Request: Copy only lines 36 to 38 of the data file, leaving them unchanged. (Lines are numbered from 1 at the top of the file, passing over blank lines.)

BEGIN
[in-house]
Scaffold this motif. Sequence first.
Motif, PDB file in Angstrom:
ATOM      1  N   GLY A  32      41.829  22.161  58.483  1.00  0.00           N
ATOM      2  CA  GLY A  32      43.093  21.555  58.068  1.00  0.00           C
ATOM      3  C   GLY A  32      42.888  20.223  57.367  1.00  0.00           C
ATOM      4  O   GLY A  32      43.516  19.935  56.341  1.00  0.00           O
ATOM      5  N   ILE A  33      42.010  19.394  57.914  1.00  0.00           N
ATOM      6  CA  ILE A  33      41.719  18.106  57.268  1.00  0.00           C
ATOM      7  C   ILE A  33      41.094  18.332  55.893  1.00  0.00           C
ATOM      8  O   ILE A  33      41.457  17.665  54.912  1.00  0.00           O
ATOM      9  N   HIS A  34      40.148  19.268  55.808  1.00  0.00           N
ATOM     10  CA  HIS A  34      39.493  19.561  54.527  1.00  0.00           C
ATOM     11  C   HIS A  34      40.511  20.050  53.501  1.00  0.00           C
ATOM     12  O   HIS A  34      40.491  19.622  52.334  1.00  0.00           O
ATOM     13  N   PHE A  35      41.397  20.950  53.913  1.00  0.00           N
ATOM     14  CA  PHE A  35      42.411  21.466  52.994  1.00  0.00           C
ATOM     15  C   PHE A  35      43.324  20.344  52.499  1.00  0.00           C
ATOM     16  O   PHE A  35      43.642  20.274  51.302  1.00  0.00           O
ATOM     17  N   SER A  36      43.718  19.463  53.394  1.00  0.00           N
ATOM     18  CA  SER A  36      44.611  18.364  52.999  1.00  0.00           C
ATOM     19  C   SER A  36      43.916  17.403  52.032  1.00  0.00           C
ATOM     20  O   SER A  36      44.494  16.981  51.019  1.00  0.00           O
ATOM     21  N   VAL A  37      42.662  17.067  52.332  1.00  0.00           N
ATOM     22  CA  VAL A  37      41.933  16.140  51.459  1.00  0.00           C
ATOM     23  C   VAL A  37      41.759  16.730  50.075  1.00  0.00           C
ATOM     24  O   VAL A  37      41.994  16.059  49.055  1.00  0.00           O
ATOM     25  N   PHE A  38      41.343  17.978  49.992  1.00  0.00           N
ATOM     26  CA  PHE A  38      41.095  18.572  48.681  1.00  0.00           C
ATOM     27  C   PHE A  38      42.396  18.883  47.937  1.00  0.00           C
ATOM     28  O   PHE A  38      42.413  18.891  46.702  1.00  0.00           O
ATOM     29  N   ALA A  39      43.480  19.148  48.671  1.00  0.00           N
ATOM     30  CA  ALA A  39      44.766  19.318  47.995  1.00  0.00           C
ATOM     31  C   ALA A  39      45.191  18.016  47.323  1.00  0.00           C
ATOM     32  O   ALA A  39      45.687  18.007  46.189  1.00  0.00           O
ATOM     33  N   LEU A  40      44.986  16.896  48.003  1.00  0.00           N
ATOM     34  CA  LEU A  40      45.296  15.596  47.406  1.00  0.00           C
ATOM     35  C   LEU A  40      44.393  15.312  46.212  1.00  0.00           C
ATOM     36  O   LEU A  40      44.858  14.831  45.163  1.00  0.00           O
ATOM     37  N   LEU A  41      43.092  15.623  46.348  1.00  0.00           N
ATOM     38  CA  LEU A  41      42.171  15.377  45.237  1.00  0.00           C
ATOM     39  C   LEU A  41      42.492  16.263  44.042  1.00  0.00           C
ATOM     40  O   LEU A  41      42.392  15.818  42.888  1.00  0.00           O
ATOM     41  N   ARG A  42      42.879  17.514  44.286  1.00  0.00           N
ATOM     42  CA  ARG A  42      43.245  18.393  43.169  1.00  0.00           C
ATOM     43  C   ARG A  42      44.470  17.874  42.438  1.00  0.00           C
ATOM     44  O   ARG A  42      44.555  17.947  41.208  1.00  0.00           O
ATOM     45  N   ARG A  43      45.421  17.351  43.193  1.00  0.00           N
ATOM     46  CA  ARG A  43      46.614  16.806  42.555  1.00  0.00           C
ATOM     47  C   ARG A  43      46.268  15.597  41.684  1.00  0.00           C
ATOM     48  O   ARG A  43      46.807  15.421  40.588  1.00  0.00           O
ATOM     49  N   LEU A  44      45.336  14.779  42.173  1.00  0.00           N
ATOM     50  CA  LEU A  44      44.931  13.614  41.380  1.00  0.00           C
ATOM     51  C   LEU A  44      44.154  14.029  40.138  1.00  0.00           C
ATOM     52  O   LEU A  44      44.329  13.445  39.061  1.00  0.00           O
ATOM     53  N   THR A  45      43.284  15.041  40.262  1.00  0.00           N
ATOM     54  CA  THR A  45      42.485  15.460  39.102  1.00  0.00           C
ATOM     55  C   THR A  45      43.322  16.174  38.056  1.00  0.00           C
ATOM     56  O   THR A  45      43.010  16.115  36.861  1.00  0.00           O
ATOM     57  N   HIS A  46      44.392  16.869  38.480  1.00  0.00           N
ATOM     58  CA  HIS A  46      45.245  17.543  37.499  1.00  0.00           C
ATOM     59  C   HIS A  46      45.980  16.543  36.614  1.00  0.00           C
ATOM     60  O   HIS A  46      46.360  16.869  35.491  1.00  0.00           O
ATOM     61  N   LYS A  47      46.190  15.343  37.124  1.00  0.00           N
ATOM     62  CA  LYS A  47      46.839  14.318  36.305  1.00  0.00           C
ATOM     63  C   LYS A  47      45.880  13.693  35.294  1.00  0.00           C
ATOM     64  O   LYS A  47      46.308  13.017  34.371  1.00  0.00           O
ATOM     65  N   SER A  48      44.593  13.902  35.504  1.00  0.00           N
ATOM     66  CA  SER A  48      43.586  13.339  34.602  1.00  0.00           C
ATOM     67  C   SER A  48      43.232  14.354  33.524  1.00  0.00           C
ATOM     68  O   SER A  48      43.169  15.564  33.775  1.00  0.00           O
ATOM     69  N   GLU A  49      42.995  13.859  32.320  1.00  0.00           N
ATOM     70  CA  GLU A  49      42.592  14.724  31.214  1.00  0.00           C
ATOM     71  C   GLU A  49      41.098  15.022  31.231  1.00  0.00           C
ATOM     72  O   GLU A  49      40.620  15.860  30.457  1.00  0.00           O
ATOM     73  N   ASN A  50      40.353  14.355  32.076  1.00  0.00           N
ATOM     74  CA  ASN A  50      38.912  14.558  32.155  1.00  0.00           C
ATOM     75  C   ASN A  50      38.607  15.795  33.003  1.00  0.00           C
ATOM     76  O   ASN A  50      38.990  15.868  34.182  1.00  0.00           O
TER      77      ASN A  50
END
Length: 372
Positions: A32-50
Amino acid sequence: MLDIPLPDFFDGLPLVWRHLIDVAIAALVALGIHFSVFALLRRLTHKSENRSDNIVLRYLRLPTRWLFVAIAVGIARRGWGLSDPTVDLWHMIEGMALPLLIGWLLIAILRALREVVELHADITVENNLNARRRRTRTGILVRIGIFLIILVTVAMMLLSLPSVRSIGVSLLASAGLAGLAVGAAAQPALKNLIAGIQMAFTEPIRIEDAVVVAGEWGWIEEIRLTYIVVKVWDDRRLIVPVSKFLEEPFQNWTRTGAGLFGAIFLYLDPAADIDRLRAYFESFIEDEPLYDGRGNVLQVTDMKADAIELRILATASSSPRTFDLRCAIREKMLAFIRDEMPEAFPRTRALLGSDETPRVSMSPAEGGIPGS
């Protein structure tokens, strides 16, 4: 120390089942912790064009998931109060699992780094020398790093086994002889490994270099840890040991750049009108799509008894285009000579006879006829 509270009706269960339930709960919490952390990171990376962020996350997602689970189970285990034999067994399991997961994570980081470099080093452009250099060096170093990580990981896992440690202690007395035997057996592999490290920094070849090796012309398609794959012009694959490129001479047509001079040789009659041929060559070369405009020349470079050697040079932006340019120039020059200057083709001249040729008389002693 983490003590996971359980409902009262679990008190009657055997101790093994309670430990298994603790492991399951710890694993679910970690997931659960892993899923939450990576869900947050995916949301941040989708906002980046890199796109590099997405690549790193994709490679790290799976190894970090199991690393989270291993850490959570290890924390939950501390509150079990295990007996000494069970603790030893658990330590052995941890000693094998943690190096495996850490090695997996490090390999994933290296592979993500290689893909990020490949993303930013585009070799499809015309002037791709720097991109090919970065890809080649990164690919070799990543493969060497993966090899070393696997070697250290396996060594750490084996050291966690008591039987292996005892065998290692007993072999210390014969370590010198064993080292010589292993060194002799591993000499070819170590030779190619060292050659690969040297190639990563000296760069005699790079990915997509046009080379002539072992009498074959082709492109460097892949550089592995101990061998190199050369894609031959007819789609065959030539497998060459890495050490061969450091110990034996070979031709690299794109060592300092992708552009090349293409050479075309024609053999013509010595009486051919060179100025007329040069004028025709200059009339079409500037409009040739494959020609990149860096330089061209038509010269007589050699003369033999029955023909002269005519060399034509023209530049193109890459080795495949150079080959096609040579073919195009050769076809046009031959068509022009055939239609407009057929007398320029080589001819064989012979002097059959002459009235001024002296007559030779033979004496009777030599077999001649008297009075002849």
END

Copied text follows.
ATOM     33  N   LEU A  40      44.986  16.896  48.003  1.00  0.00           N
ATOM     34  CA  LEU A  40      45.296  15.596  47.406  1.00  0.00           C
ATOM     35  C   LEU A  40      44.393  15.312  46.212  1.00  0.00           C